National Geographic : 1916 Jan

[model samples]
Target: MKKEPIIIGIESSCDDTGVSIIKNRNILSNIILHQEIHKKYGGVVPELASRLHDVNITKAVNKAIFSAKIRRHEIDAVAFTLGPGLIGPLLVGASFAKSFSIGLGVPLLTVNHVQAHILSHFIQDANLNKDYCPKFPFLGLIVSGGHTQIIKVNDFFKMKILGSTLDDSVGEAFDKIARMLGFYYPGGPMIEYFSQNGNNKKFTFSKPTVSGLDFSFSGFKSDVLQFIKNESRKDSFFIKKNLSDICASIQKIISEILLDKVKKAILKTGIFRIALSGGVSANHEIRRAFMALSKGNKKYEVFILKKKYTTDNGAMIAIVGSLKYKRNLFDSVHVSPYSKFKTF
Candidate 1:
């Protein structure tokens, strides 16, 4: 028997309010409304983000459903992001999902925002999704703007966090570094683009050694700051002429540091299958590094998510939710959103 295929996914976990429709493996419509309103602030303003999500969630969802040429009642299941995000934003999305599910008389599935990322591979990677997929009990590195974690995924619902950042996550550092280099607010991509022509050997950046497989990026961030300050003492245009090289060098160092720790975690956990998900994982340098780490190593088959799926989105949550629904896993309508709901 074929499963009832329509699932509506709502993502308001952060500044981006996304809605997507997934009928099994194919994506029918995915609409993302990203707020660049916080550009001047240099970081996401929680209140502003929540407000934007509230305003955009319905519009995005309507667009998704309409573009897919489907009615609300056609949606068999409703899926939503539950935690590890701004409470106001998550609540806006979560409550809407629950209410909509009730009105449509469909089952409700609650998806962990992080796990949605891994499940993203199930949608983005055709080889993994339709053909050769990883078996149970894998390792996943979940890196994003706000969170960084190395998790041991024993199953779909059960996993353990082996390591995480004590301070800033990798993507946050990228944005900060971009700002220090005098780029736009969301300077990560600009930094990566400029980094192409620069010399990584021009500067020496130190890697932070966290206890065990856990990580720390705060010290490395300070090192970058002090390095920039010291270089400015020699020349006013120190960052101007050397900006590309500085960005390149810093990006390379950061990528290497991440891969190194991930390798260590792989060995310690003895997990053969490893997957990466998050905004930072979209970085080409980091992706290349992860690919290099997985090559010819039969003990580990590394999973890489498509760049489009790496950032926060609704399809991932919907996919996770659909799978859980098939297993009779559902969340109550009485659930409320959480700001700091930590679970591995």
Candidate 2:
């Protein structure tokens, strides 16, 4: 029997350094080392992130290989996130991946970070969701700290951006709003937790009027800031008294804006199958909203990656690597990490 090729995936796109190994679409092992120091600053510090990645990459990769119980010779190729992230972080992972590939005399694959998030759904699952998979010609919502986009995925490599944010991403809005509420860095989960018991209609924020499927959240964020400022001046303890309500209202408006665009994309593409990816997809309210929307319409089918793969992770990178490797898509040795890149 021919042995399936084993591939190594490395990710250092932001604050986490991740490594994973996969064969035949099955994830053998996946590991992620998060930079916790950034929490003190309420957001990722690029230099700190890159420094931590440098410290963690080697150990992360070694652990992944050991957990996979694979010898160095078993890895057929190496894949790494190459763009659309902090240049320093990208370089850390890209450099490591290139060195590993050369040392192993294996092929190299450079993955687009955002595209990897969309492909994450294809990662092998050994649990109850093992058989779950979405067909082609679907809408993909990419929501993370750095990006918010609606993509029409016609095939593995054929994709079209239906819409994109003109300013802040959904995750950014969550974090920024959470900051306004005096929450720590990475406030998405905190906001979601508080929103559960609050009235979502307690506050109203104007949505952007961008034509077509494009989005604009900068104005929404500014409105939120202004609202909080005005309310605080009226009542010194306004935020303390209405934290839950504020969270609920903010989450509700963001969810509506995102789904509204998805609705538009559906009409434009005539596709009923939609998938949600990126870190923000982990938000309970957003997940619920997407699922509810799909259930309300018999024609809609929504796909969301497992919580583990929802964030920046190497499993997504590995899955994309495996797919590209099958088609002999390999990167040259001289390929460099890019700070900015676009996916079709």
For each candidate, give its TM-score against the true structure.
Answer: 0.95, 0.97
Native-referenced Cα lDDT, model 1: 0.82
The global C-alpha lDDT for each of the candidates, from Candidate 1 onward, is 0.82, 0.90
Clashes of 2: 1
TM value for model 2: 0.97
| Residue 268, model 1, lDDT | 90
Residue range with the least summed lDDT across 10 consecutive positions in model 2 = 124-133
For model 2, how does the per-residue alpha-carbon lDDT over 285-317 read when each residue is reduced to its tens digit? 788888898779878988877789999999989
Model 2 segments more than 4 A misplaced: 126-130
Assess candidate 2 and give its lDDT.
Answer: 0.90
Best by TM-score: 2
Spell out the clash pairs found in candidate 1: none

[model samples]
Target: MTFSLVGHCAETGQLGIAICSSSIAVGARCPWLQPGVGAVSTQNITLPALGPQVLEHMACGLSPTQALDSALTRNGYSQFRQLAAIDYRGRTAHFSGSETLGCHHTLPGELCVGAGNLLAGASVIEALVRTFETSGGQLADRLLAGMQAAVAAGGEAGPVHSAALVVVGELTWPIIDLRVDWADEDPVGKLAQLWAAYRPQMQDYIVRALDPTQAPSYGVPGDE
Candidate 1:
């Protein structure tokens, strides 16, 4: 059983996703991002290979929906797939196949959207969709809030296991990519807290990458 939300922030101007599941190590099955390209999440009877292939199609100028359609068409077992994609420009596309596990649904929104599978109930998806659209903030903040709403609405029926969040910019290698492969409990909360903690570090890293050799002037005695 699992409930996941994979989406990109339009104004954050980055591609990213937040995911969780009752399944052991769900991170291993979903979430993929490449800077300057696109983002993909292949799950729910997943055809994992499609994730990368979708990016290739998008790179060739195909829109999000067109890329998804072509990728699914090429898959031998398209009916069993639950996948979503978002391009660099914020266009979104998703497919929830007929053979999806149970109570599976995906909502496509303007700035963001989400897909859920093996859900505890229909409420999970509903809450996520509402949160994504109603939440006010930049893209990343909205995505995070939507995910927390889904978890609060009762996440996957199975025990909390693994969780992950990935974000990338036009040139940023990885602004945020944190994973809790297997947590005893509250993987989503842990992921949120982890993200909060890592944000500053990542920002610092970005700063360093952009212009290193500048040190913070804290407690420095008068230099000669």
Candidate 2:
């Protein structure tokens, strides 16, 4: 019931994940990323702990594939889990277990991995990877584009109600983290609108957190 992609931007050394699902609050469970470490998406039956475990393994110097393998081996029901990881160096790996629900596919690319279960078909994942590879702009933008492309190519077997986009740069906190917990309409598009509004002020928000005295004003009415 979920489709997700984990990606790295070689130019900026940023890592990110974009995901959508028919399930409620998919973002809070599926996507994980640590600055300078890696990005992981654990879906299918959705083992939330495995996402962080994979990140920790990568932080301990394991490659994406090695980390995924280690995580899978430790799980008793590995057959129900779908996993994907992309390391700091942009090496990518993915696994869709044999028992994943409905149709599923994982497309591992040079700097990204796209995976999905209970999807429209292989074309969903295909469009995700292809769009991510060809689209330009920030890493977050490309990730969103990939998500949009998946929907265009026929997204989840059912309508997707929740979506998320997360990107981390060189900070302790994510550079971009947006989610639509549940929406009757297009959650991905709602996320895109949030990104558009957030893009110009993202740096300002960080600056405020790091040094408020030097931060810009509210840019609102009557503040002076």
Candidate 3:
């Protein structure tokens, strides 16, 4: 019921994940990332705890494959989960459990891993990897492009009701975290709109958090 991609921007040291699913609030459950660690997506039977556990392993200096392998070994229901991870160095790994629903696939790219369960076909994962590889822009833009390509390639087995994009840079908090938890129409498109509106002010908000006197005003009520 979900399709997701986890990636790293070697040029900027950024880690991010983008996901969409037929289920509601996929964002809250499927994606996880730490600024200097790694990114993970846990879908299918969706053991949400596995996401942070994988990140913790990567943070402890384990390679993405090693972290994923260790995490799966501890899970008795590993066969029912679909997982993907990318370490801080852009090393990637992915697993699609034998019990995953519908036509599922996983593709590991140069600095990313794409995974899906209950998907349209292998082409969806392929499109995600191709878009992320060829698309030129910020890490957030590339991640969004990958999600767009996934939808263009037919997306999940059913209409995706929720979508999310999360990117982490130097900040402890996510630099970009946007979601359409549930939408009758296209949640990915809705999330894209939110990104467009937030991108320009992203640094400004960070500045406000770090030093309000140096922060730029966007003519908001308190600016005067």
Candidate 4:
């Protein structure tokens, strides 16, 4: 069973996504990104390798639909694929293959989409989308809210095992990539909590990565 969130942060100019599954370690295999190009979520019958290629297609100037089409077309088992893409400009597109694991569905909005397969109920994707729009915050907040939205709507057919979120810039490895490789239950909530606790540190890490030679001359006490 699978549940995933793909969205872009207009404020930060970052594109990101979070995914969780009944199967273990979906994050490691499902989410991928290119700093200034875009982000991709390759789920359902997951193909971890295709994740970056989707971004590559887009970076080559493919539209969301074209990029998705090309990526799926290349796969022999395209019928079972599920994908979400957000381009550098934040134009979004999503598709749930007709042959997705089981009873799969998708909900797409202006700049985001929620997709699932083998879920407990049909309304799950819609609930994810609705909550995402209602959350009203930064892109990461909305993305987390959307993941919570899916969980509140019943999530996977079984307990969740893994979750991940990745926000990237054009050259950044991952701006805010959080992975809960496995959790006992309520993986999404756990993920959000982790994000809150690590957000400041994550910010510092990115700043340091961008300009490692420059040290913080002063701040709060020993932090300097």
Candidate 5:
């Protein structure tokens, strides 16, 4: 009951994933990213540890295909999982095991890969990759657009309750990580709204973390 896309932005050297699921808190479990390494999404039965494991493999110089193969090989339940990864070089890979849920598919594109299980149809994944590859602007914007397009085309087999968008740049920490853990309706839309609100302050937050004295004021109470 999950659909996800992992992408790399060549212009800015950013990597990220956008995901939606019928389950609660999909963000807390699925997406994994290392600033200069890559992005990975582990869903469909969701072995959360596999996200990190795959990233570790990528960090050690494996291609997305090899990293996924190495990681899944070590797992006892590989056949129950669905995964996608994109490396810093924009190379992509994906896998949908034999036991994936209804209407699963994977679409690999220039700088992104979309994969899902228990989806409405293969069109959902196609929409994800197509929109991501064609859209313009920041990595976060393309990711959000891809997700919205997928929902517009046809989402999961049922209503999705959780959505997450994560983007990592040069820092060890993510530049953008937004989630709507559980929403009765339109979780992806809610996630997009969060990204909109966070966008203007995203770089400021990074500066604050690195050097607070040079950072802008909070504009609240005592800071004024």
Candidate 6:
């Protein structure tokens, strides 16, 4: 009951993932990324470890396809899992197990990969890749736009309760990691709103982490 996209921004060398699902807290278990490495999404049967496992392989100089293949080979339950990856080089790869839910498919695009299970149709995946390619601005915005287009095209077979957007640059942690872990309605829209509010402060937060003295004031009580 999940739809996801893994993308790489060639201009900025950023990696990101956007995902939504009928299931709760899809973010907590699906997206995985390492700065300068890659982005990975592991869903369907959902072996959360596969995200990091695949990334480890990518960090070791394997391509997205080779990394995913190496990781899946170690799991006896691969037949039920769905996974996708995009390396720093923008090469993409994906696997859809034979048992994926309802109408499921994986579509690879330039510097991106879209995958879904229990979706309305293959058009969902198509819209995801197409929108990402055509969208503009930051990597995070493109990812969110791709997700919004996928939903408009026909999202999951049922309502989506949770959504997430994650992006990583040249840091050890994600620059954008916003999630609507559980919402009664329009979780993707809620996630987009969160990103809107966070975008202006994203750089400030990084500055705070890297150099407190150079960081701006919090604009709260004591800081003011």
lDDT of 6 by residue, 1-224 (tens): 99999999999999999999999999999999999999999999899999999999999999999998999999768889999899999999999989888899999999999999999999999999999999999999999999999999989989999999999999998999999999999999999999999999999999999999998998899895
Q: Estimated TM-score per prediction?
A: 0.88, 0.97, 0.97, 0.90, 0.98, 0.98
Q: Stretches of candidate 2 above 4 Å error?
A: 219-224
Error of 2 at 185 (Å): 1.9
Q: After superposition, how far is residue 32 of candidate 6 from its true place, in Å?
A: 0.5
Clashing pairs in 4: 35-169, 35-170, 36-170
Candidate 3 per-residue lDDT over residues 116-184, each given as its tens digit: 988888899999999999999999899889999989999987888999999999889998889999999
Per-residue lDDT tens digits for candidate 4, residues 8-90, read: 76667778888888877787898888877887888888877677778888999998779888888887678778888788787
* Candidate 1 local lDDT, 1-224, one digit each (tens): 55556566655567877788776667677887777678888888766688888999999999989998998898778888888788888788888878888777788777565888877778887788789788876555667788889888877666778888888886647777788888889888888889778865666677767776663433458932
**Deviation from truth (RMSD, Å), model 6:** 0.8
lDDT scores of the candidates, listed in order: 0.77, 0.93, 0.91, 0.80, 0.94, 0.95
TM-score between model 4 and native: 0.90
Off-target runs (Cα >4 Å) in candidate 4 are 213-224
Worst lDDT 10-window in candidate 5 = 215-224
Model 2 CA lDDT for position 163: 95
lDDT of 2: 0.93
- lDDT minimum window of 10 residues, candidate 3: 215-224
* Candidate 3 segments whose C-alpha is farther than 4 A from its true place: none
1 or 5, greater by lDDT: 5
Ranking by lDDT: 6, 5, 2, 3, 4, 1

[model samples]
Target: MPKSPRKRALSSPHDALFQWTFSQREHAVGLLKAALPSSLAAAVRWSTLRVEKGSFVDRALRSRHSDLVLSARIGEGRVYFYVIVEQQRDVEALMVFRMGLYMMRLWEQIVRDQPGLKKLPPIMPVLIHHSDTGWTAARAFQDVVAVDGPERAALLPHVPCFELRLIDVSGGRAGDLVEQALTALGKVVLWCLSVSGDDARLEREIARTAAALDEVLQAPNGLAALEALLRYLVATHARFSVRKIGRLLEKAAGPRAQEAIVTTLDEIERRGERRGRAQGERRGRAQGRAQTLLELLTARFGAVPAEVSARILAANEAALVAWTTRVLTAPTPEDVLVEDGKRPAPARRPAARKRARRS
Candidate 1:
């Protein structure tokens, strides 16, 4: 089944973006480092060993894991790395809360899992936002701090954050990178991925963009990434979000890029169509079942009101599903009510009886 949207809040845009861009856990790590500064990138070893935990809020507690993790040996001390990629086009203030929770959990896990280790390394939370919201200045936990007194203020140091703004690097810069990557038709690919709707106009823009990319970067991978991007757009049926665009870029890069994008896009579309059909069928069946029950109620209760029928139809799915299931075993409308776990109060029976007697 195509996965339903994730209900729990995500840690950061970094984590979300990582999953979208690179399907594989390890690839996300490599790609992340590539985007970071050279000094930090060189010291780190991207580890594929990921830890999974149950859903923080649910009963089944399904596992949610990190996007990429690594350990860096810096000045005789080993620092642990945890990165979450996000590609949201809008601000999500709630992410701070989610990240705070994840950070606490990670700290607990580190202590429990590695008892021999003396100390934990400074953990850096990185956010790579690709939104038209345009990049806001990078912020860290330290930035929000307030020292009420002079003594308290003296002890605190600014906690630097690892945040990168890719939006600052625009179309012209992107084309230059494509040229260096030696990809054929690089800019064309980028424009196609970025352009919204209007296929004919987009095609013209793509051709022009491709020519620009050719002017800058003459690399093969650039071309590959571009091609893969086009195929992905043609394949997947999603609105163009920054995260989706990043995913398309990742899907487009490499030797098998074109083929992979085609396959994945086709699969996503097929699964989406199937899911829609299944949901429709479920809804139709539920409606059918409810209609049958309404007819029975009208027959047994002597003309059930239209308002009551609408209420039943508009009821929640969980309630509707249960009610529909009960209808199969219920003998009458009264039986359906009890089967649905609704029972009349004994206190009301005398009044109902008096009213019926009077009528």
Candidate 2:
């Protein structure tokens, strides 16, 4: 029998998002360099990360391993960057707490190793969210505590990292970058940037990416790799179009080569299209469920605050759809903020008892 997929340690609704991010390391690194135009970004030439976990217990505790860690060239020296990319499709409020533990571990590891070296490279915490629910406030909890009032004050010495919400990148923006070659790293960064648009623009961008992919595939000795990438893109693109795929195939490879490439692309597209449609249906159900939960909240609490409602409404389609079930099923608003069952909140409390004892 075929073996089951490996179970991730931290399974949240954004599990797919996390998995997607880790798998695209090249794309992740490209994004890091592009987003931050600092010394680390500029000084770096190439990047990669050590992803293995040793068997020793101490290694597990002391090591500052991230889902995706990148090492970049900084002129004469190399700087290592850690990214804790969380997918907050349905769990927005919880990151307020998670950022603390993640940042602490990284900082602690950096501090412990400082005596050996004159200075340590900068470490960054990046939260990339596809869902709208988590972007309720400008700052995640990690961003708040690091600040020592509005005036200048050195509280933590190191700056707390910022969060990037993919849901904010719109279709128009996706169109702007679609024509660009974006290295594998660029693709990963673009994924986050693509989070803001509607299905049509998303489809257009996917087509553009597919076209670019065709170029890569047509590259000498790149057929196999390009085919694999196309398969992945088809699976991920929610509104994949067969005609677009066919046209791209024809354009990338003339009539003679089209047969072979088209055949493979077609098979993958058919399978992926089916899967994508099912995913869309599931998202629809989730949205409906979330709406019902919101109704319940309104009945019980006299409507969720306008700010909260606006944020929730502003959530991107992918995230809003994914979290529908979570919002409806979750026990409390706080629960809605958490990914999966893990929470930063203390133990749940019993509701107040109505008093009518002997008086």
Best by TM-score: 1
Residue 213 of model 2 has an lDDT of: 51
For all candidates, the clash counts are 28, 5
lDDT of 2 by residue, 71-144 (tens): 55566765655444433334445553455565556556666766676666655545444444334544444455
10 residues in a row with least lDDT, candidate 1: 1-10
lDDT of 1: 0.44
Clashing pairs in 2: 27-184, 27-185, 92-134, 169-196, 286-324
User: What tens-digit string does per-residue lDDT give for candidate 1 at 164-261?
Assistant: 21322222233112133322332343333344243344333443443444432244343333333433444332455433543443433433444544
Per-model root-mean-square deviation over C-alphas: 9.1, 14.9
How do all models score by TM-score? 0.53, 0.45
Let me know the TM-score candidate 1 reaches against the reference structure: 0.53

Photograph and copyright by Underwood & Underwood THE HOME OF THE COLD-STORAGE EGG of the Orient. The Asiatics use it to flavor their chocolate. The fruit is a pod. This pod is dried and cured with great care in order to ob tain the desired flavor. The character istic odor is developed during the process of fermentation, which takes place while the pods are drying. The aroma and flavor are due to the vanillin that grad ually crystallizes from the pod. The well-cured pods, either whole or pow dered, may be found on the market as the vanilla bean or powder; but the more common form is the fluid extract, which is the active principle of the bean drawn out by the use of alcohol. The American people are the largest users of pepper in the world. In 1913 we bought 27,000,000 pounds of this commodity. It said that pepper was worth its weight in gold during the days of the Roman Empire, and that the first vessel which sailed around the Cape of Good Hope went to procure this favorite spice. The black variety is prepared from the dried unripe berry of a vine which was grown first in southern India, the East Indies, Siam, and China, and in the later ages in the West Indies. For a long time the Dutch nation controlled the trade and tried to confine pepper cul tivation to Dutch possessions. White pepper is generally supposed to be produced from a different spice, but it is, in reality, the same fruit prepared by a different method. It is generally considered better, but, as a matter of fact, it has not as good a flavor as the black variety and is more expensive, the only advantage being in the matter of appear-. ance. CINNAMON AND CLOVE GROWING Cinnamon is the inner bark of young shoots of a certain species of cinnamon tree. The shoots are cut carefully from the tree, and the bark is split longitudi nally and removed. It is then piled in heaps and allowed to ferment. The bark shrinks on drying, and is then put into bundles ready for exportation.